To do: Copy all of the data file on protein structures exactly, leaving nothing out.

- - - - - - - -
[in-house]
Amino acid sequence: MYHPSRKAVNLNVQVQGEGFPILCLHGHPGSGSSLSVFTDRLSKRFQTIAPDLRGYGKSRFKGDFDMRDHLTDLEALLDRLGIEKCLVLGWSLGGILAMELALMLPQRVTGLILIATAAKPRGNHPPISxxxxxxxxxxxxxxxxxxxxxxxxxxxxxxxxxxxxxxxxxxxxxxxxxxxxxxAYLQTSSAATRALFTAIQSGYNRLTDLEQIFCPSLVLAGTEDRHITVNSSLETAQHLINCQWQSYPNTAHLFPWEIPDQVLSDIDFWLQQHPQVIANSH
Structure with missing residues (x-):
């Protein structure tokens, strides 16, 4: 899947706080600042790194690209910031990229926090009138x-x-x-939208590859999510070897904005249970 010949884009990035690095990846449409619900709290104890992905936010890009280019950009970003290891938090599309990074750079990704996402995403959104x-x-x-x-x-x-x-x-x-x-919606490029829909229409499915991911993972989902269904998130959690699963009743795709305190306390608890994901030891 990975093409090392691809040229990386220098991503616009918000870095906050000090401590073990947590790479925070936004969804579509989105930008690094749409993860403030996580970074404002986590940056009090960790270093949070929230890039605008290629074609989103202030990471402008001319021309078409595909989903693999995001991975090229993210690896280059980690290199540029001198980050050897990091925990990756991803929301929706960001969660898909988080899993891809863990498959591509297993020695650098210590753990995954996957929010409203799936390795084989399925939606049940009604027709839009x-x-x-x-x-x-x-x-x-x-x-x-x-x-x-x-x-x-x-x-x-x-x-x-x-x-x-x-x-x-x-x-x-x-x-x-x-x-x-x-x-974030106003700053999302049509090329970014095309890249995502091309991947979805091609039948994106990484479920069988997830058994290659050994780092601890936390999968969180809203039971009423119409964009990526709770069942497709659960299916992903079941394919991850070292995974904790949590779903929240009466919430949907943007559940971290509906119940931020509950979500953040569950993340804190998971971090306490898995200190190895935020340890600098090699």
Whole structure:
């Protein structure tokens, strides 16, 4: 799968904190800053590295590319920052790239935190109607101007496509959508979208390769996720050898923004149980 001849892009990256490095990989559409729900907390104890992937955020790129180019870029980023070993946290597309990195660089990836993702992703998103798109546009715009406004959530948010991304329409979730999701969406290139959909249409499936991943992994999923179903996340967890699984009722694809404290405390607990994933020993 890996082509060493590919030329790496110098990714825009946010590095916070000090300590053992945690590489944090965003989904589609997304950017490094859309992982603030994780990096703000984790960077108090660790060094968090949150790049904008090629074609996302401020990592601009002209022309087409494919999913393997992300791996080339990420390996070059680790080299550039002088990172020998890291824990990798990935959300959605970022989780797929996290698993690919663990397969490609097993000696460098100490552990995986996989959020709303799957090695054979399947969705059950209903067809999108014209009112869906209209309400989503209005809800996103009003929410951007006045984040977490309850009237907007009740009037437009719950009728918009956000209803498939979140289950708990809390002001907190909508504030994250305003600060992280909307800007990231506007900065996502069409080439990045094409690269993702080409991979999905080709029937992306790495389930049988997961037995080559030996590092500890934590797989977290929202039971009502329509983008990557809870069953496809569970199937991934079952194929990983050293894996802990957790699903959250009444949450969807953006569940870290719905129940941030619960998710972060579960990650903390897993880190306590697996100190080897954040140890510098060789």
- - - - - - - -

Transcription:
[in-house]
Amino acid sequence: MYHPSRKAVNLNVQVQGEGFPILCLHGHPGSGSSLSVFTDRLSKRFQTIAPDLRGYGKSRFKGDFDMRDHLTDLEALLDRLGIEKCLVLGWSLGGILAMELALMLPQRVTGLILIATAAKPRGNHPPISxxxxxxxxxxxxxxxxxxxxxxxxxxxxxxxxxxxxxxxxxxxxxxxxxxxxxxAYLQTSSAATRALFTAIQSGYNRLTDLEQIFCPSLVLAGTEDRHITVNSSLETAQHLINCQWQSYPNTAHLFPWEIPDQVLSDIDFWLQQHPQVIANSH
Structure with missing residues (x-):
């Protein structure tokens, strides 16, 4: 899947706080600042790194690209910031990229926090009138x-x-x-939208590859999510070897904005249970 010949884009990035690095990846449409619900709290104890992905936010890009280019950009970003290891938090599309990074750079990704996402995403959104x-x-x-x-x-x-x-x-x-x-919606490029829909229409499915991911993972989902269904998130959690699963009743795709305190306390608890994901030891 990975093409090392691809040229990386220098991503616009918000870095906050000090401590073990947590790479925070936004969804579509989105930008690094749409993860403030996580970074404002986590940056009090960790270093949070929230890039605008290629074609989103202030990471402008001319021309078409595909989903693999995001991975090229993210690896280059980690290199540029001198980050050897990091925990990756991803929301929706960001969660898909988080899993891809863990498959591509297993020695650098210590753990995954996957929010409203799936390795084989399925939606049940009604027709839009x-x-x-x-x-x-x-x-x-x-x-x-x-x-x-x-x-x-x-x-x-x-x-x-x-x-x-x-x-x-x-x-x-x-x-x-x-x-x-x-x-974030106003700053999302049509090329970014095309890249995502091309991947979805091609039948994106990484479920069988997830058994290659050994780092601890936390999968969180809203039971009423119409964009990526709770069942497709659960299916992903079941394919991850070292995974904790949590779903929240009466919430949907943007559940971290509906119940931020509950979500953040569950993340804190998971971090306490898995200190190895935020340890600098090699």
Whole structure:
């Protein structure tokens, strides 16, 4: 799968904190800053590295590319920052790239935190109607101007496509959508979208390769996720050898923004149980 001849892009990256490095990989559409729900907390104890992937955020790129180019870029980023070993946290597309990195660089990836993702992703998103798109546009715009406004959530948010991304329409979730999701969406290139959909249409499936991943992994999923179903996340967890699984009722694809404290405390607990994933020993 890996082509060493590919030329790496110098990714825009946010590095916070000090300590053992945690590489944090965003989904589609997304950017490094859309992982603030994780990096703000984790960077108090660790060094968090949150790049904008090629074609996302401020990592601009002209022309087409494919999913393997992300791996080339990420390996070059680790080299550039002088990172020998890291824990990798990935959300959605970022989780797929996290698993690919663990397969490609097993000696460098100490552990995986996989959020709303799957090695054979399947969705059950209903067809999108014209009112869906209209309400989503209005809800996103009003929410951007006045984040977490309850009237907007009740009037437009719950009728918009956000209803498939979140289950708990809390002001907190909508504030994250305003600060992280909307800007990231506007900065996502069409080439990045094409690269993702080409991979999905080709029937992306790495389930049988997961037995080559030996590092500890934590797989977290929202039971009502329509983008990557809870069953496809569970199937991934079952194929990983050293894996802990957790699903959250009444949450969807953006569940870290719905129940941030619960998710972060579960990650903390897993880190306590697996100190080897954040140890510098060789």